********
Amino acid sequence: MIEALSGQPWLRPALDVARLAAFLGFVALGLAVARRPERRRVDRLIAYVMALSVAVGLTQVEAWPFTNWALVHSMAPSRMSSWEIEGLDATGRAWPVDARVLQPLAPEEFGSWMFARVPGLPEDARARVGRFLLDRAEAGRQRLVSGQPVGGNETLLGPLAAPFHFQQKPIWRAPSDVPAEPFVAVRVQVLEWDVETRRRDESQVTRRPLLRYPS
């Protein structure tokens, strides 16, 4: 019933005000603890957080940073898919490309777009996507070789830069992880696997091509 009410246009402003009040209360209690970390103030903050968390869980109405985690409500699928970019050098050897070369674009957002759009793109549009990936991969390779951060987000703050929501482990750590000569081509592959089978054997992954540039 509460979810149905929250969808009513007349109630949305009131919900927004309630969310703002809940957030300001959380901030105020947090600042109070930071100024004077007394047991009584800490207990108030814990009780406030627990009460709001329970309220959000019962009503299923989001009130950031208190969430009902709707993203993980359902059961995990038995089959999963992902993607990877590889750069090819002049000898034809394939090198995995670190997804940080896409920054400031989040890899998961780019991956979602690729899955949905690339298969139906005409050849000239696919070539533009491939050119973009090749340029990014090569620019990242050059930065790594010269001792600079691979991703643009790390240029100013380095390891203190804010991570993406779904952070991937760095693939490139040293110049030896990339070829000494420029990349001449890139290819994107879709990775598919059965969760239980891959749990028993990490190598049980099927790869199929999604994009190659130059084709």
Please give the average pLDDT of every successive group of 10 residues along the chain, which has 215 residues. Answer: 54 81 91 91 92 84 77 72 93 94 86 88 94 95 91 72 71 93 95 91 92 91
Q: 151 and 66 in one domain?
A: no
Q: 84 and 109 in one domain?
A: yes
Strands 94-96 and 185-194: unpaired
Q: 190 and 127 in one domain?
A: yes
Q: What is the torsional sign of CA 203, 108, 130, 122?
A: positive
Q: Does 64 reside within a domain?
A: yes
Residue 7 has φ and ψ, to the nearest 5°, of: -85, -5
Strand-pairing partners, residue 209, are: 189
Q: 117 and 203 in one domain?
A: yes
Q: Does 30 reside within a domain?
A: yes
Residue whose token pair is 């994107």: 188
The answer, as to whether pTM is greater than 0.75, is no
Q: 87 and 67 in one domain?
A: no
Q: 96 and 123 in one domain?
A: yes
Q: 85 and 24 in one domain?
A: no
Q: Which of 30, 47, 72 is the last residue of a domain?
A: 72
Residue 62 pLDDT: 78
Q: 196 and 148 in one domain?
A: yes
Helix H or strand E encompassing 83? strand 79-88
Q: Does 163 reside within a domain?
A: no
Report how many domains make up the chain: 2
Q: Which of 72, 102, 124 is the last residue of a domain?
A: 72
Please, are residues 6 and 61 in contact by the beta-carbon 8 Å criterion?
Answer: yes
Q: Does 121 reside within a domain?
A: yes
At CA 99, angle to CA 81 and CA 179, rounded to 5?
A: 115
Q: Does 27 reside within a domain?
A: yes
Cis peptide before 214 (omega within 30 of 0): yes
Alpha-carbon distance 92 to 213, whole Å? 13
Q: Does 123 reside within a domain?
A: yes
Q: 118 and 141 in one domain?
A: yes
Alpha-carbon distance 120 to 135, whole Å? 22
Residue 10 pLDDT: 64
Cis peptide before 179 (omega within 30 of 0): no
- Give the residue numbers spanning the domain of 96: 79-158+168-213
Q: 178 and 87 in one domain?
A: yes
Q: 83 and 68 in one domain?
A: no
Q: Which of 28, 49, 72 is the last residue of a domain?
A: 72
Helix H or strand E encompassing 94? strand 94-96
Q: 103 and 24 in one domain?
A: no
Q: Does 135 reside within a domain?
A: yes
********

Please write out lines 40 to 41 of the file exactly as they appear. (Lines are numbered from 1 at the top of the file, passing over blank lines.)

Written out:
Please, are residues 6 and 61 in contact by the beta-carbon 8 Å criterion?
Answer: yes